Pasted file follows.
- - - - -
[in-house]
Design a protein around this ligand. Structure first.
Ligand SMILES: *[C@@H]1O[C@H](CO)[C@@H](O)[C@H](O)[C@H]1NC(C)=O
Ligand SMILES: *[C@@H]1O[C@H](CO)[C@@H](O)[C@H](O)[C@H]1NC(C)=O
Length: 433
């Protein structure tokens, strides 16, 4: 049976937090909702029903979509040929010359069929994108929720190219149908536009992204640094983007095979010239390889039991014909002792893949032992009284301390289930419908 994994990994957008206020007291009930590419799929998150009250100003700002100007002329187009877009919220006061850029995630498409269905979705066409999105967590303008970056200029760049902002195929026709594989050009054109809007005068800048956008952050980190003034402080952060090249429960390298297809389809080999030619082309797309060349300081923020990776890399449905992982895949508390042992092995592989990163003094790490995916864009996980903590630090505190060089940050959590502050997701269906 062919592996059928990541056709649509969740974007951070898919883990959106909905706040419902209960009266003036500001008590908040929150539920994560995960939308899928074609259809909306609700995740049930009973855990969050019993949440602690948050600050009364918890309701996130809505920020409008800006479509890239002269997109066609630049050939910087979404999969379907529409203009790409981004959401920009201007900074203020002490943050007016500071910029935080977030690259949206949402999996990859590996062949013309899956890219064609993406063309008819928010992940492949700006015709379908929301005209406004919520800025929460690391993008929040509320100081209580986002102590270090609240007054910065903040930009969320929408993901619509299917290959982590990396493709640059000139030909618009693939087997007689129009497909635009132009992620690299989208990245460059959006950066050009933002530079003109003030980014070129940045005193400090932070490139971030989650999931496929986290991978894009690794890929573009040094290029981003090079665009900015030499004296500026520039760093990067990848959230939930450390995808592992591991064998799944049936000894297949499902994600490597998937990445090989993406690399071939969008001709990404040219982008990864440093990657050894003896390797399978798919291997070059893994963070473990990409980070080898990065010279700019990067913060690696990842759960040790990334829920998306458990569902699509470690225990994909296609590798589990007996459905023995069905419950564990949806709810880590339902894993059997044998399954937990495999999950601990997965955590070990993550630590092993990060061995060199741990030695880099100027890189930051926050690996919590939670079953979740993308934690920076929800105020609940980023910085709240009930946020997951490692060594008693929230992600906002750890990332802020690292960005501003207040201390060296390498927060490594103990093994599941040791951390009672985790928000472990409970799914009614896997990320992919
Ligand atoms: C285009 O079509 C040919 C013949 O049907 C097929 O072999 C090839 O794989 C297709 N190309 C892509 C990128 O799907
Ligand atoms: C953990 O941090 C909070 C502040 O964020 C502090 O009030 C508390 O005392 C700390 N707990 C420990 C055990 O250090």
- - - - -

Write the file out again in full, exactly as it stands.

[in-house]
Design a protein around this ligand. Structure first.
Ligand SMILES: *[C@@H]1O[C@H](CO)[C@@H](O)[C@H](O)[C@H]1NC(C)=O
Ligand SMILES: *[C@@H]1O[C@H](CO)[C@@H](O)[C@H](O)[C@H]1NC(C)=O
Length: 433
């Protein structure tokens, strides 16, 4: 049976937090909702029903979509040929010359069929994108929720190219149908536009992204640094983007095979010239390889039991014909002792893949032992009284301390289930419908 994994990994957008206020007291009930590419799929998150009250100003700002100007002329187009877009919220006061850029995630498409269905979705066409999105967590303008970056200029760049902002195929026709594989050009054109809007005068800048956008952050980190003034402080952060090249429960390298297809389809080999030619082309797309060349300081923020990776890399449905992982895949508390042992092995592989990163003094790490995916864009996980903590630090505190060089940050959590502050997701269906 062919592996059928990541056709649509969740974007951070898919883990959106909905706040419902209960009266003036500001008590908040929150539920994560995960939308899928074609259809909306609700995740049930009973855990969050019993949440602690948050600050009364918890309701996130809505920020409008800006479509890239002269997109066609630049050939910087979404999969379907529409203009790409981004959401920009201007900074203020002490943050007016500071910029935080977030690259949206949402999996990859590996062949013309899956890219064609993406063309008819928010992940492949700006015709379908929301005209406004919520800025929460690391993008929040509320100081209580986002102590270090609240007054910065903040930009969320929408993901619509299917290959982590990396493709640059000139030909618009693939087997007689129009497909635009132009992620690299989208990245460059959006950066050009933002530079003109003030980014070129940045005193400090932070490139971030989650999931496929986290991978894009690794890929573009040094290029981003090079665009900015030499004296500026520039760093990067990848959230939930450390995808592992591991064998799944049936000894297949499902994600490597998937990445090989993406690399071939969008001709990404040219982008990864440093990657050894003896390797399978798919291997070059893994963070473990990409980070080898990065010279700019990067913060690696990842759960040790990334829920998306458990569902699509470690225990994909296609590798589990007996459905023995069905419950564990949806709810880590339902894993059997044998399954937990495999999950601990997965955590070990993550630590092993990060061995060199741990030695880099100027890189930051926050690996919590939670079953979740993308934690920076929800105020609940980023910085709240009930946020997951490692060594008693929230992600906002750890990332802020690292960005501003207040201390060296390498927060490594103990093994599941040791951390009672985790928000472990409970799914009614896997990320992919
Ligand atoms: C285009 O079509 C040919 C013949 O049907 C097929 O072999 C090839 O794989 C297709 N190309 C892509 C990128 O799907
Ligand atoms: C953990 O941090 C909070 C502040 O964020 C502090 O009030 C508390 O005392 C700390 N707990 C420990 C055990 O250090």